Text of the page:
A frustrated former big-city journalist now stuck working for an Albuquerque newspaper exploits a story about a man trapped in a cave to rekindle his career, but the situation quickly escalates into an out-of-control circus.
Hitman Jef Costello is a perfectionist who always carefully plans his murders and who never gets caught. One night however, after killing a night-club owner, he's seen by witnesses. His efforts to provide himself with an alibi fail and more and more he gets driven into a corner.Written by
Leon Wolters <wolters@strw.LeidenUniv.nl>
When Jean-Pierre Melville brought a copy of the script to Alain Delon, Delon asked him what the title was. When he was told the title was Le Samourai, Delon had Melville follow him to his bedroom, where there was only a leather couch and a samurai blade hanging on the wall. See more »
When rounding up suspects the inspector refers to the population as 10 million. The 1968 population of Paris city proper was only 2.6 million. The population of the urban area was only 8.2 million. See more »
I don't like forcing the pace to extract confessions or get information. I'm very liberal, a great believer in the liberty of the individual... in people's right to live as they choose. Provided that the way of life they choose harms no one else... and is contrary to neither law and order nor public decency.
See more »
"There is no solitude greater than a samurai's, unless perhaps it is that of a tiger in the jungle." - The Book of Bushido. See more »
Exceptional French noir film with the incomparable Alain Delon as a cold murderous
The film begins with a preface : 'Il n'y' a pas plus profound solitude que Celelle samurai Si Ce Nést Celle Dún Tigre Dans la jungle..Peut-etre..'Le Bushido. Samurai's solitude is only comparable a tiger into jungle . Stars Jef Costello (Alain Delon as excellent anti-hero) is a cold professional killer , he establishes an alibi with the help his lady-lover (Nathalie Delon) and unexpectedly in an act of almost unknown compassion by a club's piano player (Rosier). Meanwhile , he's double-crossed and an obstinate police inspector (Francois Perier) track him down . The precise murderer is pursued throughout the Paris'underground . Then the doomed Costello becomes an avenging angel of death seeking for vengeance.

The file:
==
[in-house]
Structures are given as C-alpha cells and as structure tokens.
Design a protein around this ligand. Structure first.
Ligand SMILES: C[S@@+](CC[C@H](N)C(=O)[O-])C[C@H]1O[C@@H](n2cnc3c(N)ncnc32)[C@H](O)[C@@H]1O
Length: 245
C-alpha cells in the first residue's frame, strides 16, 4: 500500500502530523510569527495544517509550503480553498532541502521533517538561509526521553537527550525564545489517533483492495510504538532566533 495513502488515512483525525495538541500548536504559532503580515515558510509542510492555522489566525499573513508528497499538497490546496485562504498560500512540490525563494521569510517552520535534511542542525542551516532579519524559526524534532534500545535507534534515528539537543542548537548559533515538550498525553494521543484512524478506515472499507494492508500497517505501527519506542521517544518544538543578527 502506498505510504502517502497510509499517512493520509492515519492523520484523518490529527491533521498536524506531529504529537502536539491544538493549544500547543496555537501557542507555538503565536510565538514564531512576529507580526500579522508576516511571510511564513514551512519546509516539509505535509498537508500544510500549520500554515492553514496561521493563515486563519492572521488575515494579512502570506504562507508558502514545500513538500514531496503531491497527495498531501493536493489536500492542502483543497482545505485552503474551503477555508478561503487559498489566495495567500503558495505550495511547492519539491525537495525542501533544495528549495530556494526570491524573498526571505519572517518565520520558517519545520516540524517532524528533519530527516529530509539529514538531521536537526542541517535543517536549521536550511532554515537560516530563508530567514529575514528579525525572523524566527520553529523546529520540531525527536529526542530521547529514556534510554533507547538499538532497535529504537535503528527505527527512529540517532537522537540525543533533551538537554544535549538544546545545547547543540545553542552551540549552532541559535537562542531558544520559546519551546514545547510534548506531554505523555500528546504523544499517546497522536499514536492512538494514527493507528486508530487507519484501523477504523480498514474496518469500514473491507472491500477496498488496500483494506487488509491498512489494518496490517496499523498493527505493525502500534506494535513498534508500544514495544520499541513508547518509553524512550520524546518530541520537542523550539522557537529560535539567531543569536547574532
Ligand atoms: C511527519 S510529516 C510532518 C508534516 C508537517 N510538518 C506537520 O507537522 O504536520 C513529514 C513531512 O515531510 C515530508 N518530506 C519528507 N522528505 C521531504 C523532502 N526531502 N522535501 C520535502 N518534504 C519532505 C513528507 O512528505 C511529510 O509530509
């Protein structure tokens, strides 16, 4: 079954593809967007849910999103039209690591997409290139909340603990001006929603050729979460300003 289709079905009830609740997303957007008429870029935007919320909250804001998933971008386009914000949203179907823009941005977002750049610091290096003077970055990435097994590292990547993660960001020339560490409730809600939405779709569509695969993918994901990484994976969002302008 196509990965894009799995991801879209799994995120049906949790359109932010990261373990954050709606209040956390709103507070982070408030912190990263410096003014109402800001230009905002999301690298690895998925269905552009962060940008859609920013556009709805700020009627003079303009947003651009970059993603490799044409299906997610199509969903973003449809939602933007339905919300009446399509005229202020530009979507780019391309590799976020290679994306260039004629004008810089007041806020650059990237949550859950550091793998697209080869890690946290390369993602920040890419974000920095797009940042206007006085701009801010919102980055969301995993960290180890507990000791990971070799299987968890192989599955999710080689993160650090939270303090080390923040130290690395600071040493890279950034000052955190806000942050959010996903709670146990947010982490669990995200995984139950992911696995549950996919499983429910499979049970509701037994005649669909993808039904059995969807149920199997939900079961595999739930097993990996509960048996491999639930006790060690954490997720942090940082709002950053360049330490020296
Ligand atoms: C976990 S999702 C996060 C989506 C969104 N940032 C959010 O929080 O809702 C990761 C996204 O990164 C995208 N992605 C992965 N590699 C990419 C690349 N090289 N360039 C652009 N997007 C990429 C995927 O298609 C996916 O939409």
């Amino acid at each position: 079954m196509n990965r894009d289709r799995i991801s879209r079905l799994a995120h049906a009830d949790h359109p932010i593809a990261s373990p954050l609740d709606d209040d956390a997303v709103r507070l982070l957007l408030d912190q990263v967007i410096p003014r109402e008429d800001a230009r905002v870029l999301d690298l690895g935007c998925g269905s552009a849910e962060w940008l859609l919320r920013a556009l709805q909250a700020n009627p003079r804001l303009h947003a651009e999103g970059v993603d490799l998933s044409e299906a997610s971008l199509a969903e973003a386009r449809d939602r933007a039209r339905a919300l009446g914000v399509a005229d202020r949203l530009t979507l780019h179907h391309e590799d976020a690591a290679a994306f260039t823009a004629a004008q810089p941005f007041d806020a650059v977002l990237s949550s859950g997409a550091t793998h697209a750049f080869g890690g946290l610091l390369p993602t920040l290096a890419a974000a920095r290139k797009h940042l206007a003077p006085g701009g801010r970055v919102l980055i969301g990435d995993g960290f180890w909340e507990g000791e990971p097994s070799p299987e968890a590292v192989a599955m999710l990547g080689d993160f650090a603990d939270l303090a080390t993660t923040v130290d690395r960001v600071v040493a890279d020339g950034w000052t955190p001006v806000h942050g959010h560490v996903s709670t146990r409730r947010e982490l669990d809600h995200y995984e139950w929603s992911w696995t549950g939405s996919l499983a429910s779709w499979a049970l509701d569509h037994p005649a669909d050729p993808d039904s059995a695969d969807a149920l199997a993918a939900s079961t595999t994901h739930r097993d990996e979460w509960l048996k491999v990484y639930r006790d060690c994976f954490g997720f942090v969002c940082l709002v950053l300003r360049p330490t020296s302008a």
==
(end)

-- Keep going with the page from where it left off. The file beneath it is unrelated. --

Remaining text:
This is the best of Melville's thrillers with magnificent Alain Delon as the expressionless murderous . Delon has striven in vain to repeat this success in numerous subsequent movies at the same genre , similar others known actors as Lino Ventura , Jean Paul Belmondo and generally directed by Henri Verneuil , Jose Giovanni and Jacques Deray . The movie packs a splendid cinematography by Henri Decae , the photography glitters as metallic and cold as a gun barrel . The picture was perfectly directed by Jean Pierre Melville , giving a memorable work . Later his beginning as a post-war forerunner of the 'Nouvelle vague' , he left his style in several different ways as a purveyor of a certain kind of noir movie , creating his own company and a tiny studio . Although retaining its essential French touch and developing a style closer to the world of the American film Noir of the 1940s than any of their other such foray s. Dealing with character-studio about roles damned to inevitable tragedies , powerful finale , stylized set pieces heightens the suspense and tension have place all around the Melville's filmmaking . His movies and singular talent are very copied and much-admired by contemporary directors, specially the 'Polar' or noir French cinema , such as : 'Second breath' , 'The red circle', 'Dirty money' and , of course , 'Le samurai'.
9 of 15 people found this review helpful.
Was this review helpful to you?
| Report this